List of Foods With Healthy Fats
Not all fats are created equal since some produce artery-clogging effects while others help maintain necessary body functions. "Bad" fats, such as trans fat and saturated fat, have been linked to high cholesterol levels and heart problems, whereas "good" fats, such as monounsaturated and polyunsaturated fats, can lower the risk of coronary disease and offer anti-inflammatory benefits, according to Help Guide.
Avocados and Nuts
Avocados are a fruit rich in monounsaturated fat, a "good" fat that helps protect against heart disease, according to Oprah.com. Monounsaturated fats are found mainly in plant foods such as oils, nuts and seeds. Avocados are also high in beta-sitosterol, which helps lower blood cholesterol levels. Nuts -- including almonds, cashews, macadamia nuts -- contain polyunsaturated fats, as well as other nutrients -- including fiber -- that benefit your health.
- Avocados are a fruit rich in monounsaturated fat, a "good" fat that helps protect against heart disease, according to Oprah.com.
Fish and Flaxseed
Canada's Food Guide and Calorie Counter
According to research performed at Harvard School of Public Health, the benefits of eating fish high in omega-3 fatty acids outweigh the risks of consuming mercury or other toxins in fish. Omega-3 fatty acids help increase the "good" HDL cholesterol and reduce the "bad" LDL cholesterol, as well as lower triglyceride levels, thus lowering the risk of cardiovascular disease. Omega-3 fatty acids also help reduce inflammation. Omega 3 fatty acids also offer beauty benefits by adding shine to hair and helping skin retain its elasticity. Fish that are rich in omega-3 fatty acids include salmon, mackerel, sardines and herring. Flaxseed, as well as some other seeds -- such as chia -- also contain omega-3 fatty acids.
- According to research performed at Harvard School of Public Health, the benefits of eating fish high in omega-3 fatty acids outweigh the risks of consuming mercury or other toxins in fish.
- Omega 3 fatty acids also offer beauty benefits by adding shine to hair and helping skin retain its elasticity.
Vegetable oils are made up of healthy unsaturated fats. One especially healthful type is olive oil, an oil rich in monounsaturated fat. Consuming olive oil is thought to help people in the Mediterranean regions stay healthy. According to the University of California, Davis, extra virgin olive oil has been found to lower rates of coronary heart disease, obesity, certain cancers and Type 2 diabetes. Consumpton of olive oil can raise HDL cholesterol while lowering LDL cholesterol, which is associated with cardiovascular disease. However, olive oil's rich flavor makes it less than ideal for baking. In its place, use canola oil as a source of healthy fat.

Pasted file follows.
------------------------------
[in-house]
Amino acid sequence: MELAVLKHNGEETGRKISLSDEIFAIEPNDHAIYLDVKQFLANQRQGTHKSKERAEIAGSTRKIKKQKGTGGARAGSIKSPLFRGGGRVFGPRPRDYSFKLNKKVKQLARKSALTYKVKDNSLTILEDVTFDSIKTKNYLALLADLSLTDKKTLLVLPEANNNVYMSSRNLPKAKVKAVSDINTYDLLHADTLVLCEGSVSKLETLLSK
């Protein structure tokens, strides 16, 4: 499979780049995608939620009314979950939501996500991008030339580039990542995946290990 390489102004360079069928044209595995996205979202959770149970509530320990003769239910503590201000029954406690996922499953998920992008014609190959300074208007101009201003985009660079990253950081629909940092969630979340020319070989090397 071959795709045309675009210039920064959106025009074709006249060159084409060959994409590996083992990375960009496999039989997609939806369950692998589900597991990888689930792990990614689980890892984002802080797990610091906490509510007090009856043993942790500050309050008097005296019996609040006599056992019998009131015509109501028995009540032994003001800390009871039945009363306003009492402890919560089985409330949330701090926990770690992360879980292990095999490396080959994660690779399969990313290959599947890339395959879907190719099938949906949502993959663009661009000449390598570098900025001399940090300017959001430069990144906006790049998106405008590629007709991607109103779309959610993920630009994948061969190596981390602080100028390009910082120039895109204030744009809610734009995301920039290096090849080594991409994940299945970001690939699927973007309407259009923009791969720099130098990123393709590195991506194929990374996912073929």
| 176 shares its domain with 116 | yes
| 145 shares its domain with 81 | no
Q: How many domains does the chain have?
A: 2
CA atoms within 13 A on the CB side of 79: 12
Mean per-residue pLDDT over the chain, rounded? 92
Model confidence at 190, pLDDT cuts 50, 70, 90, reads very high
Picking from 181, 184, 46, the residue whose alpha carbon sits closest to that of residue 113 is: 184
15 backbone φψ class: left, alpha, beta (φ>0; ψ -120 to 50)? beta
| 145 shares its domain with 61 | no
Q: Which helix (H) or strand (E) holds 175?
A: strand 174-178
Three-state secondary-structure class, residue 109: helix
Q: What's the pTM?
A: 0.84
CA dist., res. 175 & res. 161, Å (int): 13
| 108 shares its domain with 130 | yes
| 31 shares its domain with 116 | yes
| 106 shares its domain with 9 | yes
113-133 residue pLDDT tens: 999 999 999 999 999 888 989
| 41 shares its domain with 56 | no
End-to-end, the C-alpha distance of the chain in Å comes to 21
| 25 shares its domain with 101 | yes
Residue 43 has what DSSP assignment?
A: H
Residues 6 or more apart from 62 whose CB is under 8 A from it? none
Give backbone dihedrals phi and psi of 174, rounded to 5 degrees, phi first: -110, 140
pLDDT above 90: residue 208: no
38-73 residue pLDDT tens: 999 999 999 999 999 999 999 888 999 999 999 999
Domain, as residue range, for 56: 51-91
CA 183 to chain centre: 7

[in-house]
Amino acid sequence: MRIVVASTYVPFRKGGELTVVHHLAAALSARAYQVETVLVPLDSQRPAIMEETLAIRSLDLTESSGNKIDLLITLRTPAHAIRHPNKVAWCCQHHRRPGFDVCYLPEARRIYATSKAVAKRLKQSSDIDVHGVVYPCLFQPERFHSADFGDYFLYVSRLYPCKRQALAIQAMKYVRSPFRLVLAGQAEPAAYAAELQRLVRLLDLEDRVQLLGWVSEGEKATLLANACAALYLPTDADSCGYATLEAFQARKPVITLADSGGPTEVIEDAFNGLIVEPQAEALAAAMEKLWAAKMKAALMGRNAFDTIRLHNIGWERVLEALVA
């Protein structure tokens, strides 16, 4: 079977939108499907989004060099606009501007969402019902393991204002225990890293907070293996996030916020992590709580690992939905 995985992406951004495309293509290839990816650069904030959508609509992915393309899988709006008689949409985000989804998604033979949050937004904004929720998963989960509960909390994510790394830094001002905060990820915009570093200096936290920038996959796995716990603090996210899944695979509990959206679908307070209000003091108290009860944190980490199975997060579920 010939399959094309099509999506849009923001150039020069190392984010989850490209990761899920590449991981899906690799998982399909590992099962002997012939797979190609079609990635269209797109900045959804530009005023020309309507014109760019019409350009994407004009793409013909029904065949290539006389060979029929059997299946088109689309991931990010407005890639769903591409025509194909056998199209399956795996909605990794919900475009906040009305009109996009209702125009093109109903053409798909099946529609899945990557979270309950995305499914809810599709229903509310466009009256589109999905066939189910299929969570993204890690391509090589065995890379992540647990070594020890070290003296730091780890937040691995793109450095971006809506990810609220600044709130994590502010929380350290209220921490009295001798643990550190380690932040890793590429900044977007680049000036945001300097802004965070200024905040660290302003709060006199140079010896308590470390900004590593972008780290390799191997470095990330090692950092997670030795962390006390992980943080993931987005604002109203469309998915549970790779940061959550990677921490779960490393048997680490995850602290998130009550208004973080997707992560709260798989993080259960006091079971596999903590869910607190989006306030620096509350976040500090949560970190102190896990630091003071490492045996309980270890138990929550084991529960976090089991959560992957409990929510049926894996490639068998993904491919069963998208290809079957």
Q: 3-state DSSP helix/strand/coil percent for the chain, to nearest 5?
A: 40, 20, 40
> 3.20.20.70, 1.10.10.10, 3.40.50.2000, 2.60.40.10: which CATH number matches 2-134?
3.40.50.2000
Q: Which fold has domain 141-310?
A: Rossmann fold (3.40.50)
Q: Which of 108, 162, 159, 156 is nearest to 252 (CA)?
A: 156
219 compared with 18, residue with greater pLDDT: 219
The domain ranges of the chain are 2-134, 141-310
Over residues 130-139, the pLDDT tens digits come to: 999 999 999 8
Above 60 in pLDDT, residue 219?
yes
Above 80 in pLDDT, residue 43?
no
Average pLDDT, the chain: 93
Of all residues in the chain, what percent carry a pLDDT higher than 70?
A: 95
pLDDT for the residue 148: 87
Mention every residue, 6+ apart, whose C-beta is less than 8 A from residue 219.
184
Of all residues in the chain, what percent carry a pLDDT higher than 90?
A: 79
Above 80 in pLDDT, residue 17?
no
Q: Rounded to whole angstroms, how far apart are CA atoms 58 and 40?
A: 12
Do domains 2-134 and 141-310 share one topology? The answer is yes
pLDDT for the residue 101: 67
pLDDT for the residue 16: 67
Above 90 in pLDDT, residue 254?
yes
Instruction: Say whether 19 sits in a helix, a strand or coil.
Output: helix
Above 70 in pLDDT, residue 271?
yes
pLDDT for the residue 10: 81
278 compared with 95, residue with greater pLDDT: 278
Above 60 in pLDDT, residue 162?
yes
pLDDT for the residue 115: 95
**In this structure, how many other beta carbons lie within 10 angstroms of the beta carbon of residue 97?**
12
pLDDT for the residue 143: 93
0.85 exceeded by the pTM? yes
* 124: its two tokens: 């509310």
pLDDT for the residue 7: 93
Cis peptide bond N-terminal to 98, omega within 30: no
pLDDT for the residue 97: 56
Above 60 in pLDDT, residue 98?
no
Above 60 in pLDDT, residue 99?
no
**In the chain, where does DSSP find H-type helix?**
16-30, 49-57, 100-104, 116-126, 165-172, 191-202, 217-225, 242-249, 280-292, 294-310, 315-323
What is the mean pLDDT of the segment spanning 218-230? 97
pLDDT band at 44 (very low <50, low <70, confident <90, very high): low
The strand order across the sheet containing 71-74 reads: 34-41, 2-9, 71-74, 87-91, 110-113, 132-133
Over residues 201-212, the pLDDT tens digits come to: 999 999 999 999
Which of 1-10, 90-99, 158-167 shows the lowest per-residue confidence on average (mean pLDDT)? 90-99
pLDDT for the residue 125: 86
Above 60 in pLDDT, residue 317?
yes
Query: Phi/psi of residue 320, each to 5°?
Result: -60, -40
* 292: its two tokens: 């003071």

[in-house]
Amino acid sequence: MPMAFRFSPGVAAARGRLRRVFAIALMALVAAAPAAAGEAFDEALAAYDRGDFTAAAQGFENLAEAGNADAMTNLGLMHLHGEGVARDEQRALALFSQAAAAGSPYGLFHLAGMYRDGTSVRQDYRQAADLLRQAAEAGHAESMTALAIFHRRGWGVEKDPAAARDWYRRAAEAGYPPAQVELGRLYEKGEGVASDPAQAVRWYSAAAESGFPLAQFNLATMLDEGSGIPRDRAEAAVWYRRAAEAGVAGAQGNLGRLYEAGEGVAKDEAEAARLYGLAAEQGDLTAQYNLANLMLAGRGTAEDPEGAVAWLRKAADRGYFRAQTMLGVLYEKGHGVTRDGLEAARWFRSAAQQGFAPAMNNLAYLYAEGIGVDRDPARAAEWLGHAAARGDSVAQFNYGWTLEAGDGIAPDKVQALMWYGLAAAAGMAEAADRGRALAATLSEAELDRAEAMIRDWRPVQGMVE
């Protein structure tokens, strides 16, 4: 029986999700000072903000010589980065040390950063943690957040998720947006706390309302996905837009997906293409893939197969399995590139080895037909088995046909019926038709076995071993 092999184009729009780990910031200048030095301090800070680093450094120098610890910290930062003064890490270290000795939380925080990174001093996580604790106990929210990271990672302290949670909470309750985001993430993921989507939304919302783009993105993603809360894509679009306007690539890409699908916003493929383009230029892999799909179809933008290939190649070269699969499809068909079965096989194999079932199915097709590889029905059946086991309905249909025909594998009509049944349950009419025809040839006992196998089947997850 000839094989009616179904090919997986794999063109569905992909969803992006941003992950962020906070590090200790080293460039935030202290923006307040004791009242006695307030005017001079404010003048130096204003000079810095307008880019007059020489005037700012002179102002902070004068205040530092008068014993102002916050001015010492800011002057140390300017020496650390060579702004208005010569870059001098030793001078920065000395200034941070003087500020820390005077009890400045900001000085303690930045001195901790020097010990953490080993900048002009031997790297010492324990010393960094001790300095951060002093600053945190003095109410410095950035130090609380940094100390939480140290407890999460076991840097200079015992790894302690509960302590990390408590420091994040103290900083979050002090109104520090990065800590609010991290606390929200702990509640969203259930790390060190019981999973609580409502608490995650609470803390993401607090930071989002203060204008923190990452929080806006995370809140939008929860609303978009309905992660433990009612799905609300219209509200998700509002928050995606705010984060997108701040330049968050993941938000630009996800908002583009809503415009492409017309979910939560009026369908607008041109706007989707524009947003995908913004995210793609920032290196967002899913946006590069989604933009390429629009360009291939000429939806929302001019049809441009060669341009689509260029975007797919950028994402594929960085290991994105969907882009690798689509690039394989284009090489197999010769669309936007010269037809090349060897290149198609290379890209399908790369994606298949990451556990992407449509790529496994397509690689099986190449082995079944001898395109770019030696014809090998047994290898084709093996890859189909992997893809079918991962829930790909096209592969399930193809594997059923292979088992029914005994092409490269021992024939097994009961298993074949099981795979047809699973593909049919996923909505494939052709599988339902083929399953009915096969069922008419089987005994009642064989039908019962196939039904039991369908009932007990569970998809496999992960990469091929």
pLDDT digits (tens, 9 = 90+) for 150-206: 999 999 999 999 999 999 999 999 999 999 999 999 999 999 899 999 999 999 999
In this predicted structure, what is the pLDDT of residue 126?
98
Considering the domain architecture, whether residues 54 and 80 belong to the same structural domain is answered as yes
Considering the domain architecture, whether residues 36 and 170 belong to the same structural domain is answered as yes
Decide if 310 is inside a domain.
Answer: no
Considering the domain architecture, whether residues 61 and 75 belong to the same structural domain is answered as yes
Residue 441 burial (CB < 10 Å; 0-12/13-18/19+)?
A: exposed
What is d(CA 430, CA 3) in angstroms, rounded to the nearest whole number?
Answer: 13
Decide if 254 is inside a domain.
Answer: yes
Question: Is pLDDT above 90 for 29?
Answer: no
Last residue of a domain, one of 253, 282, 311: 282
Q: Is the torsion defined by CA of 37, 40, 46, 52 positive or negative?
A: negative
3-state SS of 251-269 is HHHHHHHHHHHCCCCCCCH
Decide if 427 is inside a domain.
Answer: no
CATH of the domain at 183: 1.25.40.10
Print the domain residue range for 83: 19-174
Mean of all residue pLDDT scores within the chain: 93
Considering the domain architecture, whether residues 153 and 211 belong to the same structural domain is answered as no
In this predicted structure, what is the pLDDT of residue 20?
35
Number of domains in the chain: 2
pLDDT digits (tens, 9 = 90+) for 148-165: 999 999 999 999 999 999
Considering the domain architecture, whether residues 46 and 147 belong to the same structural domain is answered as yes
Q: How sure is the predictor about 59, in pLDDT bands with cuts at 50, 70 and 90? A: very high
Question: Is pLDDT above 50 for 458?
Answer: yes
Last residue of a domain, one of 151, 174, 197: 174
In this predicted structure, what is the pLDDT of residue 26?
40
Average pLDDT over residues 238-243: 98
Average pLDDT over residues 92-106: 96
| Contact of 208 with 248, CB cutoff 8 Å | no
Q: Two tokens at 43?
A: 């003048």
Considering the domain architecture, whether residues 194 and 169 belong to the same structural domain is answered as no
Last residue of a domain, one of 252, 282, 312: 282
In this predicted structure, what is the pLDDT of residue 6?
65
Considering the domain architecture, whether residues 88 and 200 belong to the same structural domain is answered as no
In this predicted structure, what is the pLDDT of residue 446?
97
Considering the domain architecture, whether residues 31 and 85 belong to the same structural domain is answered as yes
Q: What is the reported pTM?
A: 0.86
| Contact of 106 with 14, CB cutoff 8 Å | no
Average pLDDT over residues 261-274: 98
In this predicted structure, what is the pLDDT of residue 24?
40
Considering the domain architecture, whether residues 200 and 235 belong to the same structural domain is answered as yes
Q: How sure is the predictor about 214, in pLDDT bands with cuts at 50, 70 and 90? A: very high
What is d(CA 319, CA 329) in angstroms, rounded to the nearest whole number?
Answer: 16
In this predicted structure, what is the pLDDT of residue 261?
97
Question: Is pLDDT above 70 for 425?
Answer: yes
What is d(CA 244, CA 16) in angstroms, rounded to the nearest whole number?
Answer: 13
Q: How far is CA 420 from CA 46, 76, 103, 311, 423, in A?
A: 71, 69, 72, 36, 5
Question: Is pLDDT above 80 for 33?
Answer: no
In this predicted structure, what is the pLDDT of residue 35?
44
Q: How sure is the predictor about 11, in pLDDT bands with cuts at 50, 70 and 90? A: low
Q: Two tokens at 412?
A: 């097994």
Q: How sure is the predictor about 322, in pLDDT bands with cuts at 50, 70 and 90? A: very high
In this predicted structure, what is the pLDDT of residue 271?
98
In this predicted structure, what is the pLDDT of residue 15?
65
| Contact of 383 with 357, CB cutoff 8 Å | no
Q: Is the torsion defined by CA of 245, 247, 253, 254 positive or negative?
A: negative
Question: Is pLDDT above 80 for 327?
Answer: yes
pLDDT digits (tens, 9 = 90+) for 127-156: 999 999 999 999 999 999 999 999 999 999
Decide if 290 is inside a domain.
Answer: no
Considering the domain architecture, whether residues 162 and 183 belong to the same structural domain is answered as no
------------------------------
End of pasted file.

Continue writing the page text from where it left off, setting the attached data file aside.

- Vegetable oils are made up of healthy unsaturated fats.
- One especially healthful type is olive oil, an oil rich in monounsaturated fat.
Canada's Food Guide and Calorie Counter
Content of Vitamin K in Olive Oil
Vitamin E Content in Wheat Germ
Are Avocados High in Omega-3?
Are Cashews Healthy to Eat?
Are There Benefits of Macadamia Oil on the Skin?
Is Peanut Butter Bad for Your Heart?
Can Coconut Oil Clog Arteries?
Foods That Cause Inner Ear Problems
Side Effects of Eating Fatty Foods
- Oprah.com: Secret Superfood: Avocados
- Harvard School of Public Health: New Study Shows the Benefits of Eating Fish Greatly Outweigh the Risks
- Help Guide: The Truth About Fat, Nutrition and Cholesterol
- University California Davis: Olive Oil
- Omega-3 National Institutes of Health Office of Dietary Supplements. November 21, 2018
- American Heart Association. Polyunsaturated Fat. https://www.heart.org/en/healthy-living/healthy-eating/eat-smart/fats/polyunsaturated-fats
- American Heart Association. Saturated Fat. https://www.heart.org/en/healthy-living/healthy-eating/eat-smart/fats/saturated-fats
- Medline Plus. Facts About Polyunsaturated Fats. https://medlineplus.gov/ency/patientinstructions/000747.htm
- Patterson E, et al. Health implications of high dietary omega-6 polyunsaturated Fatty acids. J Nutr Metab. 2012;2012:539426. doi: 10.1155/2012/539426.
Marnie Kunz has been an award-winning writer covering fitness, pets, lifestyle, entertainment and health since 2003. Her articles have been published in "The Atlanta Journal-Constitution," "Alive," "The Marietta Daily Journal" and other publications. Kunz holds a Bachelor of Arts in creative writing from Knox College and is a Road Runners Club of America-certified running coach and a certified pole dance instructor.